FeliXart Museum
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FeliXart Museum

Kuikenstraat 6

1620 Drogenbos


P 0032 (0)2 377 57 22



The FeliXart museum manages a collection of some 1500 paintings and 2000 drawings of Felix De Boeck (1898 - 1995). The fact that as a prominent avant-gardist he made the choice to establish himself in his familial farm in Drogenbos and to engage in agriculture to make a living, makes this multi-faceted artist unique in the history of art in Belgium. The collection contains a hundred or so works from the avant-garde period that now form the basis of the museum’s operations. The museum evolved within a short time from a monographic museum to a thematic museum that focuses on Modernism, the art of the avant-garde and Abstract Art. The work, the homestead and the spiritual heritage of the painter-farmer remain the point of departure and the source of inspiration of the museum’s operations.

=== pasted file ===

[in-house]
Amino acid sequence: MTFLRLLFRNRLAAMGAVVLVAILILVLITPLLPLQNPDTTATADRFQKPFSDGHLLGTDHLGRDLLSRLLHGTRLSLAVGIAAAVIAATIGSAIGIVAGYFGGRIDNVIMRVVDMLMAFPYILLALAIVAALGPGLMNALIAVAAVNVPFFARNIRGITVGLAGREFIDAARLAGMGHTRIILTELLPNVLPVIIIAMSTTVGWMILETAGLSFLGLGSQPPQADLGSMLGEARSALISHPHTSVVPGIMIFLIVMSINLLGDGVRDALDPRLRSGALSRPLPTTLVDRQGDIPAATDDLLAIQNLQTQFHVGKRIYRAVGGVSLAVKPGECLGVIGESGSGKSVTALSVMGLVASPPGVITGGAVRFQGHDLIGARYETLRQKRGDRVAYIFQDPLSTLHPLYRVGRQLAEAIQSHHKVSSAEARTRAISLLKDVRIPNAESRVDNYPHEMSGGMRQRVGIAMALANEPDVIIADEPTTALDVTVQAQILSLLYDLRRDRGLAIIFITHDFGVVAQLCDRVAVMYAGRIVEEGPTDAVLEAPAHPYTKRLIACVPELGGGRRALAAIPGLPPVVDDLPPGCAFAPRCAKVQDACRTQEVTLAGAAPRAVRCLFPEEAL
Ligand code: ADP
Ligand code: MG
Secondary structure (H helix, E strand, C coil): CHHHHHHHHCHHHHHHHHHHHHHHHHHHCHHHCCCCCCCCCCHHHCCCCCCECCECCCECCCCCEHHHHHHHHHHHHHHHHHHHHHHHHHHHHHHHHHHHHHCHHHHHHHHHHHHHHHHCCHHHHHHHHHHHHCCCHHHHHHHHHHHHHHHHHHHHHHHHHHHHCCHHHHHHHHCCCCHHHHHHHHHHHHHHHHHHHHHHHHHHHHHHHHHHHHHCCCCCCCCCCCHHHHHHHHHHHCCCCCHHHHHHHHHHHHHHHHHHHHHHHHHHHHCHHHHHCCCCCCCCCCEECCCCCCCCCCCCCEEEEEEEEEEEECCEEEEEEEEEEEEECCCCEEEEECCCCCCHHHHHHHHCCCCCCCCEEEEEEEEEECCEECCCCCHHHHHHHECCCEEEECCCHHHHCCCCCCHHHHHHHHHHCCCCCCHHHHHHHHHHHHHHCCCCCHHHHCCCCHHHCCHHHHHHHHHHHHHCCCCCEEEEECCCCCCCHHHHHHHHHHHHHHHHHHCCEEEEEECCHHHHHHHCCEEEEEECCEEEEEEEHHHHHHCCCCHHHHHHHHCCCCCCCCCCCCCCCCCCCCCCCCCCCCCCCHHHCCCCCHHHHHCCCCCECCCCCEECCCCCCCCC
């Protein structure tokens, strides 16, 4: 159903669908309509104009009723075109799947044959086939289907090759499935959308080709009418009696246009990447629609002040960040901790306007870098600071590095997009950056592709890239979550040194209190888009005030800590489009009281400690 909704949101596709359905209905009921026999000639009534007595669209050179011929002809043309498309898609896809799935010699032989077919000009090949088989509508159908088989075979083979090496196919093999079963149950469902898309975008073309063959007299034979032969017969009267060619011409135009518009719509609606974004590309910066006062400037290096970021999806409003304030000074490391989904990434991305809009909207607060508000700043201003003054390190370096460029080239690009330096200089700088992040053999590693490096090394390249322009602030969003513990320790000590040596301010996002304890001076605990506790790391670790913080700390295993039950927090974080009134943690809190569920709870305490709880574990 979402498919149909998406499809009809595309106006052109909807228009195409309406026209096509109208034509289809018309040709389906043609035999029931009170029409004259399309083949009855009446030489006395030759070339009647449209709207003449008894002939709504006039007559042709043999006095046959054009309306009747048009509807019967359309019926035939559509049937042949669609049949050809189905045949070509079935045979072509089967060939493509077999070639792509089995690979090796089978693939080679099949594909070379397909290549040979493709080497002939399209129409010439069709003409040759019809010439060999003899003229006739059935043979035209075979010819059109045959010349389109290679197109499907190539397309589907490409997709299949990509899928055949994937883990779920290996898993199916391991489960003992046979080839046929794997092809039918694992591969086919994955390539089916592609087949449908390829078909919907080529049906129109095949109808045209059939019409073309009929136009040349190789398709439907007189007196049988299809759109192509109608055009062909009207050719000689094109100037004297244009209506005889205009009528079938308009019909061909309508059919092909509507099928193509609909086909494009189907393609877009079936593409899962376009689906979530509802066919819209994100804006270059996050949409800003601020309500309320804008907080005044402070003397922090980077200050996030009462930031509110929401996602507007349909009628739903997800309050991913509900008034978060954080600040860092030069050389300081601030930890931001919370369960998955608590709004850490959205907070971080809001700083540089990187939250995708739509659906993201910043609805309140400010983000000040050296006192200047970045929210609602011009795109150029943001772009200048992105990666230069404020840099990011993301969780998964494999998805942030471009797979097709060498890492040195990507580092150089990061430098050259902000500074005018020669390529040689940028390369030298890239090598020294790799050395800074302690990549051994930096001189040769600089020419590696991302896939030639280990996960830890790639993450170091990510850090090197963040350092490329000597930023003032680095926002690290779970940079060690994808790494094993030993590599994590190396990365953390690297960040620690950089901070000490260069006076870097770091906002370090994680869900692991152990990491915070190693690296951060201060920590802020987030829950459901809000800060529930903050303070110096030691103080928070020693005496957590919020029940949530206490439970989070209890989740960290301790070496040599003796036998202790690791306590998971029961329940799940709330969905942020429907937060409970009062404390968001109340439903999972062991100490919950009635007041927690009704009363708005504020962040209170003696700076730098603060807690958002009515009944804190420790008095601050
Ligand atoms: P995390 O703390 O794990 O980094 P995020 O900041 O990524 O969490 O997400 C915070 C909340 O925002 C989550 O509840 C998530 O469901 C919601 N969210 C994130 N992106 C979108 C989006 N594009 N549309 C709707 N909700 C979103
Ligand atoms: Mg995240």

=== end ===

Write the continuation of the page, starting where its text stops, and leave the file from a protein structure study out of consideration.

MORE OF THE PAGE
After the first gift in 1969 of 71 works, Felix De Boeck gifted 637 paintings to the Flemish Community in 1992, which then engaged in building a museum on the grounds that were gifted to the community of Drogenbos. The official opening took place in 1996, one year after the death of the artist. Architect Rob Geys designed the modernist building after the spirit of the early geometric work by De Boeck.

In 2011, the Felix De Boeck Foundation made an exceptional gift to the Province of Flemish-Brabant, which entrusted the management to the FeliXart Museum. In addition to an overview of his oeuvre of 1660 drawings, this gift consisted of an extensive archive comprised of correspondences, art books and periodicals, photos and audio-visual material. It deals with one of the largest overview collections of a Belgian modernist artist that is preserved in its entirety. The FeliXart Museum also manages the personal collection of Felix De Boeck that was primarily assembled in the 1920’s and 1930’s. It includes works by his colleagues from the modernist period: Karel Maes, Pierre-Louis Flouquet, Prosper De Troyer, Maurice Xrhouet, Jozef Peeters and Marcel Lempereur-Haut.


Sergio Servellón


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